The top item on criminal justice reform advocates’ agenda has stalled as the Oklahoma legislature passed its first major deadline.
Senate Bill 704 would have greatly limited the practice of lengthening prison sentences because of someone’s previous, nonviolent felony convictions. According to Oklahomans for Criminal Justice Reform, enhancements mean Oklahomans end up serving prison sentences 70% longer than the national average for property crimes and 79% longer for drug crimes.
The bill was also retroactive, so it would have benefited people in prison serving enhanced sentences. Oklahomans for Criminal Justice Reform Policy Counsel Colleen McCarty said the state is making progress releasing people from prison and preparing them for life outside, but those can’t be the only actions taken.
"We have to stop putting so many people inside of prison to begin with, and we have to get the people in there that are in on excessive sentences — we have to help them get released from those long periods of time that we’re just paying for as taxpayers that are not giving us any returns on investment," McCarty said.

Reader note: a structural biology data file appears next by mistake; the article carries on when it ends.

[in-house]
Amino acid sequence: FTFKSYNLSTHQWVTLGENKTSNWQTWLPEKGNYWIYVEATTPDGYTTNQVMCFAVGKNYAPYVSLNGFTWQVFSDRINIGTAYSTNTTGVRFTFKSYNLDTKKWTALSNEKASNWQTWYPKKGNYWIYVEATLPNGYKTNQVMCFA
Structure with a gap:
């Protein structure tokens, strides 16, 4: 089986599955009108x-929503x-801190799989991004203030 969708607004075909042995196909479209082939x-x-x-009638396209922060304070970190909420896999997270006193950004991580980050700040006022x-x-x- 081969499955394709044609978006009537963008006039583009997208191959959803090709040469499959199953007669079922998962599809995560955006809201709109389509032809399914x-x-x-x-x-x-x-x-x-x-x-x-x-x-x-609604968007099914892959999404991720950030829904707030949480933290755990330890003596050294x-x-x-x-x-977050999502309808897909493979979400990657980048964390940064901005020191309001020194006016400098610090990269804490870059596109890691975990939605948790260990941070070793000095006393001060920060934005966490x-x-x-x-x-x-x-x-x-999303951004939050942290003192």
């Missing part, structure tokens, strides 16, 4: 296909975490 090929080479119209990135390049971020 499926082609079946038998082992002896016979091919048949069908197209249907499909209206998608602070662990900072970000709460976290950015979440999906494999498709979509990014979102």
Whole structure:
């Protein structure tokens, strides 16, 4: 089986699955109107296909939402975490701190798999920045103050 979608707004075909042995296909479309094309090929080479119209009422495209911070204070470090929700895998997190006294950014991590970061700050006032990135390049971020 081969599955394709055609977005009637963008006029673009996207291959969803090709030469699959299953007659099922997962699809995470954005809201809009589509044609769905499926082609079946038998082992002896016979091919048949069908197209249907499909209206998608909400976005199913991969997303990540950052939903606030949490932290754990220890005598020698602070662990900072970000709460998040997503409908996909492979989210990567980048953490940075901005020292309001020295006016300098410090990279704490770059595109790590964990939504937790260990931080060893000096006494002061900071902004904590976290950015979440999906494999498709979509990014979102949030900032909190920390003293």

SB 704 was a modified version of State Question 805, which Oklahomans voted down in November. It made changes to address concerns advocates heard about SQ805. SB704 put changes in statute rather than amending the constitution and made sure some felonies state law considers nonviolent, like animal cruelty, weren't included. But SB704 did not make it out of its committees before last week’s deadline for bills to advance to the floor.
An Oklahoma Council of Public Affairs analysis estimated passing SB704 would reduce the state's prison population by 1,400 and save $137 million over the next decade. McCarty said with the bill done, a proposed violence prevention fund is now in jeopardy, too.
"That fund would have been funded by SB704’s savings. And so, that’s another loss for the state," McCarty said.
The Oklahoma Department of Corrections disputes OCPA’s estimated savings from SB704. A statement from the agency noted DOC’s budget this fiscal year was cut more than $24 million and said the analysis doesn’t take into account realities of budget forecasting, sentencing and prison operations.
OCPA estimated up to $142 million in savings from SQ805. DOC disputed that analysis as well.